Black Friday is coming up on 27 November 2015, and with it the start of the busiest part of the retail season in the US.
Indeed, the name is said to come from the fact that on the Friday after US Thanksgiving (the fourth Thursday in November), retailers do so much trade that they get “into the black,” covering their costs for the year to date.
In theory, then, that leaves the rest of the holiday season, heading towards Christmas, to pile on the profit.
What that means is a lot of people shopping, both at the mall and on the net.
To extend the fun beyond the Thanksgiving holiday, there’s also Cyber Monday, which is your online chance to snap up the bargains you missed over the weekend.
And lots of people shopping online means lots of passwords being entered on e-commerce sites, lots of forgotten passwords being reset, and lots of new accounts being created…
…often in a bit of a hurry.
WHAT IF YOU CUT CORNERS?
So, what happens if you cut corners, or are just feeling uninventive, and enter a short or easily-guessed password by mistake?
How hard will the average website try when it comes to protecting you from yourself?
For example, if you accidentally just press [Enter] and choose a blank password by mistake, will the website allow it?
Almost certainly not.
But what if you do the next worst thing and choose a very obvious password, such as 12345678 or baseball, or a very short one, like XYZZY?
It’s easy enough for a website to warn you if you make a truly awful choice, but a retail season survey by password manager company Dashlane suggests that even that doesn’t always happen.
The company claims that 56% of e-commerce sites it surveyed “allow users to have a password less than eight characters long.”
And 32% allowed users to choose passwords from a super-obvious list of ten passwords that come right at the top of any password cracker’s list:
password 123456 12345678 abc123 qwerty monkey letmein dragon 111111 baseball
Dashlane also claims to have tested how many times a website will let you guess incorrectly before taking some sort of action to shut down or limit the speed of further guessing.
Apparently, 36% of e-commerce sites “allowed 10 or more repeated logins without any secure measures being deployed.”
This just reinforces (or re-reinforces, or perhaps re-re-reinforces) the importance of learning how to Pick Proper Passwords.
After all, even if a website stops you making gratuitously bad choices, it may nevertheless let you get away with mediocre or average passwords.
Indeed, many websites (and some companies) try to define randomness, for example by having rules such as “you can’t have a password without a punctuation mark,” even if you chose aYTLZM5kp20vt9KO.
Ironically, that string is an encoding of about 95 bits’ worth of data straight from my Mac’s high-quality random number generator, making it a 1-in-10,000 million million million million choice.
Artificial complexity means that PassWord99! might pass muster, and be considered strong enough, even though a password cracking algorithm would try it long before it got to aYTLZM5kp20vt9KO, or even to the less orderly WordP9!9ass.
Other websites or services won’t let you have more than, say, 16 characters (Microsoft Outlook.com and Google Android both do this), so you can’t use a long phrase like algorithms get you only so far and then it's up to intelligence, even if that’s what you want.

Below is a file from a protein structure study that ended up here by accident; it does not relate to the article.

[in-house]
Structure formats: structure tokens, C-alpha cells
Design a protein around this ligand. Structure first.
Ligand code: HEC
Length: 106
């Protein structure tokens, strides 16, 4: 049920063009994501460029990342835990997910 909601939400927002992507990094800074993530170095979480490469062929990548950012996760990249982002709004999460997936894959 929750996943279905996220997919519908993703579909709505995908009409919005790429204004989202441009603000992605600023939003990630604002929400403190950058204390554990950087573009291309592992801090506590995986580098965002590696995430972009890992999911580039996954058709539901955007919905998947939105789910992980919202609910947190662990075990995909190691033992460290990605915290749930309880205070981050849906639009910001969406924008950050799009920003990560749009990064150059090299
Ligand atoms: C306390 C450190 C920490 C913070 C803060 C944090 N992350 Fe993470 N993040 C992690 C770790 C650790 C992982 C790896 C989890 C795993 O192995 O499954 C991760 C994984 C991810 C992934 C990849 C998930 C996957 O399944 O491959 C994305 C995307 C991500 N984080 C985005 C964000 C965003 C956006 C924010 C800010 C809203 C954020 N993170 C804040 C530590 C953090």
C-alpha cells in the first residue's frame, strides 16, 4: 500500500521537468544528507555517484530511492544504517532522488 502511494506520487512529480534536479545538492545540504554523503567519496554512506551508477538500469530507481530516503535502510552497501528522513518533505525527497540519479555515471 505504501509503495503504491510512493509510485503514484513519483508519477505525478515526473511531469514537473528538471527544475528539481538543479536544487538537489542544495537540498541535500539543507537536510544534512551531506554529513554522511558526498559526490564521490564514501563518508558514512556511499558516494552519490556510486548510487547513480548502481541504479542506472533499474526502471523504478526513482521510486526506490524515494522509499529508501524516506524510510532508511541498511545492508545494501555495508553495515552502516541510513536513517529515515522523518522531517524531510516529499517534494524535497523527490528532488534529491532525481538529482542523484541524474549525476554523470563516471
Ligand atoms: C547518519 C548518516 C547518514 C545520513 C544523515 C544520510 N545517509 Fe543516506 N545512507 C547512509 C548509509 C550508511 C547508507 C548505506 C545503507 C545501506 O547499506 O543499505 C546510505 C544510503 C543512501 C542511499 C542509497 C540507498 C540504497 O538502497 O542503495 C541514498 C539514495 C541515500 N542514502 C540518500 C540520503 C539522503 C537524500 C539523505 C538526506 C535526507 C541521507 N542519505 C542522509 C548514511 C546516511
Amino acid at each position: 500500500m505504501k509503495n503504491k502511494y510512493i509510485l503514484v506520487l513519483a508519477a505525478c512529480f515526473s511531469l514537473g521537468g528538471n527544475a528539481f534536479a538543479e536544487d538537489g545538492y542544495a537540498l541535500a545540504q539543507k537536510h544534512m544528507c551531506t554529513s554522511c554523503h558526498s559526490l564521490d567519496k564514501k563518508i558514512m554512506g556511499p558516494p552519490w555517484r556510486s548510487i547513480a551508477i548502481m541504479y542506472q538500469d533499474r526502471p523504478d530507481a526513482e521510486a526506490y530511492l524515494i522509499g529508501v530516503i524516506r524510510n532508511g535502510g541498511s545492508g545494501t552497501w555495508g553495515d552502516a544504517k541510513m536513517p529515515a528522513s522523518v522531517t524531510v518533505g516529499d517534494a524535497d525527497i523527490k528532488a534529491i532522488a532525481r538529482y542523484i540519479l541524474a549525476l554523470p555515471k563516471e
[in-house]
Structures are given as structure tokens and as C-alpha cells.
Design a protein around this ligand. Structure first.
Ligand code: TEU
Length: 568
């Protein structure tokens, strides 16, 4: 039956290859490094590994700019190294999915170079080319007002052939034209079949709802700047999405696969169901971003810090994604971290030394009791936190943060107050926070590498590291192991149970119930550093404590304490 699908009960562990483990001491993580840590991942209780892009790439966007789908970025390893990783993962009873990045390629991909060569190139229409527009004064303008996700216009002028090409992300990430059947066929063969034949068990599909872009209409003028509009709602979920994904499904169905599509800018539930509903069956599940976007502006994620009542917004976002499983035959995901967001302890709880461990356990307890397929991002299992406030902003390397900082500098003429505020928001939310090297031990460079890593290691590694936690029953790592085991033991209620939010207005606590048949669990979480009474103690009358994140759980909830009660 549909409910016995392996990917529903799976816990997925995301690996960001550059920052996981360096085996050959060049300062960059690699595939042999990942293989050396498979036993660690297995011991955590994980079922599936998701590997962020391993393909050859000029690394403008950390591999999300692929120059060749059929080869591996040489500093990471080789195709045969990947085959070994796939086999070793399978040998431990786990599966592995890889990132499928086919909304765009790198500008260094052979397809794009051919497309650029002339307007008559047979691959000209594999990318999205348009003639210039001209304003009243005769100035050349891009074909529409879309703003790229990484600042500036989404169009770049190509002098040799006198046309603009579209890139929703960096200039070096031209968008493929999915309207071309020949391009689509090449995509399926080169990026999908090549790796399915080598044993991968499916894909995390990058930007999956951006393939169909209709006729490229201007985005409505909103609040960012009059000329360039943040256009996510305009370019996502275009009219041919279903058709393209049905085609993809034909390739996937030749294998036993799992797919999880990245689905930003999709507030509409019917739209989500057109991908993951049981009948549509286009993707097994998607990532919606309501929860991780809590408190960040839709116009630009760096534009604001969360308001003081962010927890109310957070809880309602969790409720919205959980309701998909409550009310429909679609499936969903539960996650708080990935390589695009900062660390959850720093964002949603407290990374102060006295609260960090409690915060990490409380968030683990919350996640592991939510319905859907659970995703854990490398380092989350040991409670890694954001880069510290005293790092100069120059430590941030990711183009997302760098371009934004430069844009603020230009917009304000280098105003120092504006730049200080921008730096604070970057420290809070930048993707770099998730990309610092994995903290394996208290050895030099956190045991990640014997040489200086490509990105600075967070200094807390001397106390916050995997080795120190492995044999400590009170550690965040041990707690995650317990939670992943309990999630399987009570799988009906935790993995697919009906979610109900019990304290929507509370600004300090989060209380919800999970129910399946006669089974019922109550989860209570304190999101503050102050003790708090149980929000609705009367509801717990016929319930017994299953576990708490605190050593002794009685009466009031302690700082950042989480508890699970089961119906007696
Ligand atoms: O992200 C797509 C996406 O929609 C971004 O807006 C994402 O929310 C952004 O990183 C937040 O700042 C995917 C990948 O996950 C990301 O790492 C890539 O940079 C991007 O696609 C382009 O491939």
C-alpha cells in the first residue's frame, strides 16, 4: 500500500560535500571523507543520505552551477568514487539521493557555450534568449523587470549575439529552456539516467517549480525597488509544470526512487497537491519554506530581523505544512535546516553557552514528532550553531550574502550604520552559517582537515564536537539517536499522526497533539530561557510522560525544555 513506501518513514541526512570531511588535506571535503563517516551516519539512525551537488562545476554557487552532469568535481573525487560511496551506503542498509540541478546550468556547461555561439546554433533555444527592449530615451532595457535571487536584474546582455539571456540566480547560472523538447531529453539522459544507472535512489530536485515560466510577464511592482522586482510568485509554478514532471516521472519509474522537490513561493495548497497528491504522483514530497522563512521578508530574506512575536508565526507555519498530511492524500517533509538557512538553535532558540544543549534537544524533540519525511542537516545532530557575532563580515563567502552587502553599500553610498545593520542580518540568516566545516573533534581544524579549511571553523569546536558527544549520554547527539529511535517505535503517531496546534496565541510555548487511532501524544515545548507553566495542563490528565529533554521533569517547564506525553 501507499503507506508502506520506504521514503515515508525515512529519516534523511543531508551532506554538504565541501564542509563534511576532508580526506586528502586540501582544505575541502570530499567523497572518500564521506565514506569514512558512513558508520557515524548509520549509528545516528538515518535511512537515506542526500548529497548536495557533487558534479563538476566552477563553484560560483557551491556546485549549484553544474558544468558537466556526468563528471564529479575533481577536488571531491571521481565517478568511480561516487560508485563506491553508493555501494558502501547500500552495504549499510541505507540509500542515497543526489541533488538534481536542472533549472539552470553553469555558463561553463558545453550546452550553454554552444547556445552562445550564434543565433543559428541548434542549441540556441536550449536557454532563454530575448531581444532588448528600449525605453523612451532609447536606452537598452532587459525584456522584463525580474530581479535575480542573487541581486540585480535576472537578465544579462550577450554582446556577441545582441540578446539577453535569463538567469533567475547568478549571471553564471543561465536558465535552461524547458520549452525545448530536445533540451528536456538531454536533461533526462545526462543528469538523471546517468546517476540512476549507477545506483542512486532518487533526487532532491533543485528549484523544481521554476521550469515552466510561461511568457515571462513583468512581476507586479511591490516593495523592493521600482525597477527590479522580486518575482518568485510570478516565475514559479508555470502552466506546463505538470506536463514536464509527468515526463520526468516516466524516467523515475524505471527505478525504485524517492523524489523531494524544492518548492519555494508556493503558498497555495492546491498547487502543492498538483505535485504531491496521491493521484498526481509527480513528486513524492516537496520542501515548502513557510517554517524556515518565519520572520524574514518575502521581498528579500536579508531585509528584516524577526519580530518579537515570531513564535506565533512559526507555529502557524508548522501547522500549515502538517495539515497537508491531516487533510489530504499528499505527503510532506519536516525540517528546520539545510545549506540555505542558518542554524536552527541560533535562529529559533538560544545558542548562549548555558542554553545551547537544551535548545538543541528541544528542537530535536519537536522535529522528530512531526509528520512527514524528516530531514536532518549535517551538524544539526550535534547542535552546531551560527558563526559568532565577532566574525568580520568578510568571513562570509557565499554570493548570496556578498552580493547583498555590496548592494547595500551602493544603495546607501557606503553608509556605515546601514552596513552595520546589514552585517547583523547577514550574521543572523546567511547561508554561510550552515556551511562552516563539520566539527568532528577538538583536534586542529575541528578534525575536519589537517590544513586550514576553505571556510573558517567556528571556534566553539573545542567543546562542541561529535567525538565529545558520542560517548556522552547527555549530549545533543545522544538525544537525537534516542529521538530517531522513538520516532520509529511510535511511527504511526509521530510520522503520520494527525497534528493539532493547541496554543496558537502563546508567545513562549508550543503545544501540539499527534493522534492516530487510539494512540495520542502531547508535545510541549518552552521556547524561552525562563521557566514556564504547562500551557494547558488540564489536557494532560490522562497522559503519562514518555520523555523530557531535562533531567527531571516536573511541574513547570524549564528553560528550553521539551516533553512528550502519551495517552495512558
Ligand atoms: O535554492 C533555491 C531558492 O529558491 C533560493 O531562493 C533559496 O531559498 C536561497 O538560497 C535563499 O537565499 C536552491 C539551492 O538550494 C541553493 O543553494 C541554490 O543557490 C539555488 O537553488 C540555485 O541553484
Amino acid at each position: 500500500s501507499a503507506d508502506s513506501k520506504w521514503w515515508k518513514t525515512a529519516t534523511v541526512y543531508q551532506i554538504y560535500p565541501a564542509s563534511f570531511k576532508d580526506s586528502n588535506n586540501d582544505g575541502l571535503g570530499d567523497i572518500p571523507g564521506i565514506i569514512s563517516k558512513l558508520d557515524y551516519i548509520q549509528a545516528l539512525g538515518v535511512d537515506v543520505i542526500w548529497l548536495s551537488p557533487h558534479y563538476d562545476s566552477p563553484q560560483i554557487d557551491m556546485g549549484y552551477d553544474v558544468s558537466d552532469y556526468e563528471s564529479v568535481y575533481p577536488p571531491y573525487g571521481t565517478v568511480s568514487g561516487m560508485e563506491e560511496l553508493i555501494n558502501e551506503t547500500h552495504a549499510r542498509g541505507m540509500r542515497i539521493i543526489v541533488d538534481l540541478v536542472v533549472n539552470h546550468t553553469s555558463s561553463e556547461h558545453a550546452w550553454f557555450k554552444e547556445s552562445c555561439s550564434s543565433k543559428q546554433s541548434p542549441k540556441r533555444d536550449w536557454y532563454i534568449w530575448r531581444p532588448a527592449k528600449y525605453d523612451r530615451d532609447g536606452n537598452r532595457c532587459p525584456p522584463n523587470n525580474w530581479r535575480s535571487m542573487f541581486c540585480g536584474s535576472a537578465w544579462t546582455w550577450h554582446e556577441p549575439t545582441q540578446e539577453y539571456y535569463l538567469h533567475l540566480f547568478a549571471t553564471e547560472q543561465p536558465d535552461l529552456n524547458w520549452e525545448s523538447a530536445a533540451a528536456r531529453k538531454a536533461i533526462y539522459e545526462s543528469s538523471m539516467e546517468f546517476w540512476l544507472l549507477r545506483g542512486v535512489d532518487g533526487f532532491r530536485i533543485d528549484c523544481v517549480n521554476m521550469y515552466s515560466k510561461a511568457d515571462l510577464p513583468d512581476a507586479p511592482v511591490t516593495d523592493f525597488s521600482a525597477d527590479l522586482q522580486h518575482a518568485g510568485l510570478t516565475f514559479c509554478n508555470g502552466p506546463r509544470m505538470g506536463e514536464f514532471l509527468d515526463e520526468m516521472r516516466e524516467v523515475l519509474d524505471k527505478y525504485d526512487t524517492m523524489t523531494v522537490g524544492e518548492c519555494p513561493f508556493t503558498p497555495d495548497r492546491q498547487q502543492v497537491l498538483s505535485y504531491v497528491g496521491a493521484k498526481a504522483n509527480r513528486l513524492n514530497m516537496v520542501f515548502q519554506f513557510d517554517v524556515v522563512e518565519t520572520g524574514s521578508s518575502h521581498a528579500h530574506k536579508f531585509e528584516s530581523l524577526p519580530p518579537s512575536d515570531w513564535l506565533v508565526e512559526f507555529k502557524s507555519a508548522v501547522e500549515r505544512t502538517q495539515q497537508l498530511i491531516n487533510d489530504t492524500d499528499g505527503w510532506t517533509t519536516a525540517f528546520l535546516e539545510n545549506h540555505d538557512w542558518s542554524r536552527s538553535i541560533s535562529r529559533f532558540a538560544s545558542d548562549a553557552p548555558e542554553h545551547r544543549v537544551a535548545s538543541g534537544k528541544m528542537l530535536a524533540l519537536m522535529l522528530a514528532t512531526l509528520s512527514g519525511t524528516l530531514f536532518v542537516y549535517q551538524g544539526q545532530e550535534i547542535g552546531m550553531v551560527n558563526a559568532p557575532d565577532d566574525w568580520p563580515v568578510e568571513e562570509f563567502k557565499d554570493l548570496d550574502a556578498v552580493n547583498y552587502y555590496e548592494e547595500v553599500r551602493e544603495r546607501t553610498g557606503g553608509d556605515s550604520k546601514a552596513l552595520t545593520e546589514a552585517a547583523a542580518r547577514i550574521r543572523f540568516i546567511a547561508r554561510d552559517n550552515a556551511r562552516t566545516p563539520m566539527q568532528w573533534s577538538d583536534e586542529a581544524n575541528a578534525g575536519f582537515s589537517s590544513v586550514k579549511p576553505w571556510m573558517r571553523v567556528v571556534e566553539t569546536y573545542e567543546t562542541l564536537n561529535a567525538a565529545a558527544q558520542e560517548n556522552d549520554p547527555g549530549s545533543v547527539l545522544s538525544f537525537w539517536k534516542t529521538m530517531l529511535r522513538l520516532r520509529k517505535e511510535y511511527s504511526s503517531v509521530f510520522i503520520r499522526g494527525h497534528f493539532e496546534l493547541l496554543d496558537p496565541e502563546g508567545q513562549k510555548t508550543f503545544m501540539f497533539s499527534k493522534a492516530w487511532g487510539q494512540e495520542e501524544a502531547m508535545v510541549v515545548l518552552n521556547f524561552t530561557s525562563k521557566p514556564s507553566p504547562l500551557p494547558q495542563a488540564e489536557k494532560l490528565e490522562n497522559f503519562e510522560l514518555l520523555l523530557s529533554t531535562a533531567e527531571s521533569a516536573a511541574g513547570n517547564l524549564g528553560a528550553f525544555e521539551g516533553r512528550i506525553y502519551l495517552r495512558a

FIGHT YOUR OWN PASSWORD BATTLES
In short, if a website tells you your password is weak, it probably is; but when it comes to creating passwords that are strong, you need to fight your own battles.
Keep our advice in mind:
1. Make your passwords hard to guess.
Avoid using details that are easy for other people to figure out, such as birthdays, nicknames, the names of your pets, songs or bands you like, and so on.
And don’t rely on trivial alterations, such as writing your dog’s name as r0ver or rover99, because password guessing programs try modifications of that sort early on.
2. Go as long and complex as you can.
If you add one letter (from A-Z) to a 10-character password, you make it just 10% longer to type and remember, but 26 times (that’s 2600%) harder to guess.
Choose an extra letter from A-Za-z and you make it 52 times, or 5200%, harder to guess.
You can also hinder password guessing programs by switching between lOWer and UppERCase letters, adding in d29igits and mixing in punc/;tua#tion characters.
But as we mentioned above, watch out for “predictable complexity” such as always and uninventively appending a question mark to comply with “must have punctuation” rules, or switching l3tt3r5 1nt0 d1g1t5 using only simple substitutions.
Some people prefer to pick multiple, unrelated words, like the famous XKCD password correcthorsebatterystaple, finding very long passphrases easier to remember and even to type.
But not all websites and services allow long phrases like this, and many insist that you mIX 1n o//ther characters anyway, regardless of your passphrase length.
3. Consider using a password manager.
Password managers can generate long and complex passwords on demand.
They can also automatically type them in for you at the right time, and can stop you from putting the password for site X into imposter site Y by mistake.
Password managers can also help you comply with the common rules that many websites impose, such as mixing in different types of character unpredictably. (A password manager can remember co*;m+@9-9$pli\cated as easily as it can remember c0mplic4ted!)
Just make sure you have a really strong password for the password manager itself, or else a crook could get hold of all your passwords at once.
4. One account, one password.